Coghlan). However, investigations into the standard library [4]_ and
Zope+Plone code [5]_ revealed that ``create`` would break a lot more
code, so ``make`` was adopted as the keyword instead. However, there
are still a few instances where ``make`` would break code. Is there a
better keyword for the statement?


I don't know wether this has been suggested or not, but
what about def:

def namespace ns:
x = 1

def type blah(object):
pass

def property x:
def get():
return ns.x
Rob.
--
http://www.victim-prime.dsl.pipex.com/
Apr 14 '06 #12

P: n/a
Felipe Almeida Lessa wrote:
Em Sex, 2006-04-14 *s 09:31 -0600, Steven Bethard escreveu:
[1] Here's the code I used to test it.
>>> def make(callable, name, args, block_string):

... try:
... make_dict = callable.__make_dict__
... except AttributeError:
... make_dict = dict
... block_dict = make_dict()
... exec block_string in block_dict
... return callable(name, args, block_dict)
...
>>> (snip)


I think it would be nice not to put those ">>>" and "..." to make copy
and paste easier. Okay, I know we can do "".join(line[4:] for line in
text), but that's just my humble opinion.


Note that there's a "special paste" in wxPython PyShell, with which you
can copy/paste these lines.

Nicolas
Apr 14 '06 #13

P: n/a
Rob Williscroft wrote:
Steven Bethard wrote in news:Pf******************************@comcast.com
in comp.lang.python:
Open Issues
===========

Does the ``make`` keyword break too much code? Originally, the make
statement used the keyword ``create`` (a suggestion due to Nick
Coghlan). However, investigations into the standard library [4]_ and
Zope+Plone code [5]_ revealed that ``create`` would break a lot more
code, so ``make`` was adopted as the keyword instead. However, there
are still a few instances where ``make`` would break code. Is there a
better keyword for the statement?


I don't know wether this has been suggested or not, but
what about def:

def namespace ns:
x = 1

def type blah(object):
pass

def property x:
def get():
return ns.x


I think that's probably a bad idea because it would make people think
that the statement acts like a function definition, when it actually
acts like a class definition.

STeVe
Apr 14 '06 #14

P: n/a
Steven Bethard wrote:
Steven Bethard wrote:
Duncan Booth wrote:
Steven Bethard wrote:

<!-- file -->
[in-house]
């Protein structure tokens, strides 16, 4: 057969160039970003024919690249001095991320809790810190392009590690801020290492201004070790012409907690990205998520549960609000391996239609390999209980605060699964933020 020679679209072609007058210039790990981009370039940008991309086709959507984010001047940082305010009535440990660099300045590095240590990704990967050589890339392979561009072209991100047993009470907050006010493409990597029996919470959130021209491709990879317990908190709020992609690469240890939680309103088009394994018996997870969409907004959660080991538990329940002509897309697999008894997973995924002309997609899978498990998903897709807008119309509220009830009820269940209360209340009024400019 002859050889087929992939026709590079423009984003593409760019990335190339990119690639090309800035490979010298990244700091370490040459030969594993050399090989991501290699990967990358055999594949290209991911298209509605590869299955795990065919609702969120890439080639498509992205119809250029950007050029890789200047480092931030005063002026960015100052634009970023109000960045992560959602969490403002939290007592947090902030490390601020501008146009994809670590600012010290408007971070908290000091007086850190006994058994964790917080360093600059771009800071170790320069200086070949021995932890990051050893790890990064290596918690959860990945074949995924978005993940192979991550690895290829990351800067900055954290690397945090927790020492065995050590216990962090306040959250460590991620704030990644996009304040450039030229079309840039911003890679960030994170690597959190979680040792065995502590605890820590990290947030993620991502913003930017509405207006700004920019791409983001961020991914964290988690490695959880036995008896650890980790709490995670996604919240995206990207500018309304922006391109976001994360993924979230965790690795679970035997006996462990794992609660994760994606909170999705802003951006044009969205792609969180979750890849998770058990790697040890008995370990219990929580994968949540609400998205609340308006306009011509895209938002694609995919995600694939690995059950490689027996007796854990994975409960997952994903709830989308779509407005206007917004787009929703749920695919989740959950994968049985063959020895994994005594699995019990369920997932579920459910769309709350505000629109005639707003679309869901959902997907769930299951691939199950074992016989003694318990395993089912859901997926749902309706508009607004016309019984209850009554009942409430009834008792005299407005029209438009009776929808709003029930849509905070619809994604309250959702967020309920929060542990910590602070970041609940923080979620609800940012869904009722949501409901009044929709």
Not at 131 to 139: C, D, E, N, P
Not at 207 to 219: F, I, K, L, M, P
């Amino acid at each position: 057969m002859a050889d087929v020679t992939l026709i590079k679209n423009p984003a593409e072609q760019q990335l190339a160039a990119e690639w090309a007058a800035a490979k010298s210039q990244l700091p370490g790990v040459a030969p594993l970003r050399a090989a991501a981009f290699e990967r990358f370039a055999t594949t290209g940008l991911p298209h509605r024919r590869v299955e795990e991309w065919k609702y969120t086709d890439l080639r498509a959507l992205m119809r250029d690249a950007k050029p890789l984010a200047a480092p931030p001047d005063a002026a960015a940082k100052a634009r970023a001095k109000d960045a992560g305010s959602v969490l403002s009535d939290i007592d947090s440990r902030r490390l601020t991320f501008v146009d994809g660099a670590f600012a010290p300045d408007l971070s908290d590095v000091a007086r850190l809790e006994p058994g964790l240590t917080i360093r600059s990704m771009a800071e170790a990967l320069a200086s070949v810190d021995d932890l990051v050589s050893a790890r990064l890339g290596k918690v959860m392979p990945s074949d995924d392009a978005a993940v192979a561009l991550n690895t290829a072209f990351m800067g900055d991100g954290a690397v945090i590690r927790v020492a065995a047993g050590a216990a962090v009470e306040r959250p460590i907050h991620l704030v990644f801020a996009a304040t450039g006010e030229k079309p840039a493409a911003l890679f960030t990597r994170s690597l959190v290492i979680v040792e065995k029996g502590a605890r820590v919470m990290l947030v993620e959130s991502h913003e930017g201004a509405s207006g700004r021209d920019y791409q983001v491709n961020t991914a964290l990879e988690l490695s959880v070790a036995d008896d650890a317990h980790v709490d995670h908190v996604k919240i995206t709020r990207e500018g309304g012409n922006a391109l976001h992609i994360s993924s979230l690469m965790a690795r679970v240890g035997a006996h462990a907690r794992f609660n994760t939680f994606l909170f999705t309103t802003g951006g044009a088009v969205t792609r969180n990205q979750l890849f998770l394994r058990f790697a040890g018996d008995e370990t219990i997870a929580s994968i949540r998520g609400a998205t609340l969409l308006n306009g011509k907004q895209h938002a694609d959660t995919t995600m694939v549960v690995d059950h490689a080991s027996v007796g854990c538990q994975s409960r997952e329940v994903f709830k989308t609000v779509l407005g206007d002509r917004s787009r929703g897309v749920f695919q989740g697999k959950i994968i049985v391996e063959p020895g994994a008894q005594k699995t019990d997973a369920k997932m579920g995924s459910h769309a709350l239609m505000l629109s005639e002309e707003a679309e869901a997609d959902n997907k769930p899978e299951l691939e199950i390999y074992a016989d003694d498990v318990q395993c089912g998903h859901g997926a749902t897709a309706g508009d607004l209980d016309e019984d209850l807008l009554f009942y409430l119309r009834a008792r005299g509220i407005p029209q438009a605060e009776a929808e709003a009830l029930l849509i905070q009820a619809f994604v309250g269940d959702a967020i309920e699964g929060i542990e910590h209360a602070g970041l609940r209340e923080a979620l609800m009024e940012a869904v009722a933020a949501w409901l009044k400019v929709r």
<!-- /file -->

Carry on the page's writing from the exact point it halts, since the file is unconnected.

Should users of the make statement be able to determine in which dict
object the code is executed? The make statement could look for a
``__make_dict__`` attribute and call it to allow things like::

make Element html:
make Element body:
make Element h1:
'''First heading text'''
make Element h1:
'''Second heading text'''
[snip]
There is another effect which should be considered here. If you allow
Element to create an object to be used as the namespace, then as well
as doing special tracking when values are set in the namespace it can
also pre-seed it with names which magically appear in scope within the
make.

e.g.

make Element html:
make Element body:
make Element p:
text('But this ')
make Element strong:
text('could')
text(' be made to work')


This is nice. I'll have to play around with it a bit to see how hard it
would be to make it work.

Okay, I think it'll work[1]. I'm going to update this section to
something more like:
Open Issues
===========

...

Should users of the make statement be able to determine in which dict
object the code is executed? This would allow the make statement to
be used in situations where a normal dict object would not suffice,
e.g. if order and repeated names must be allowed. Allowing this sort
of customization could allow XML to be written like::


I think this PEP is going off the rails. It's primary virtue was that it
was a simpler, clearer way to write:

class Foo(args):
__metaclass__ = some_metaclass
#...

Once it starts calling secret magic methods behind the scenes it's
losing that virture. And for what? Supporting some use cases that have
reasonable solutions already?

make Element html: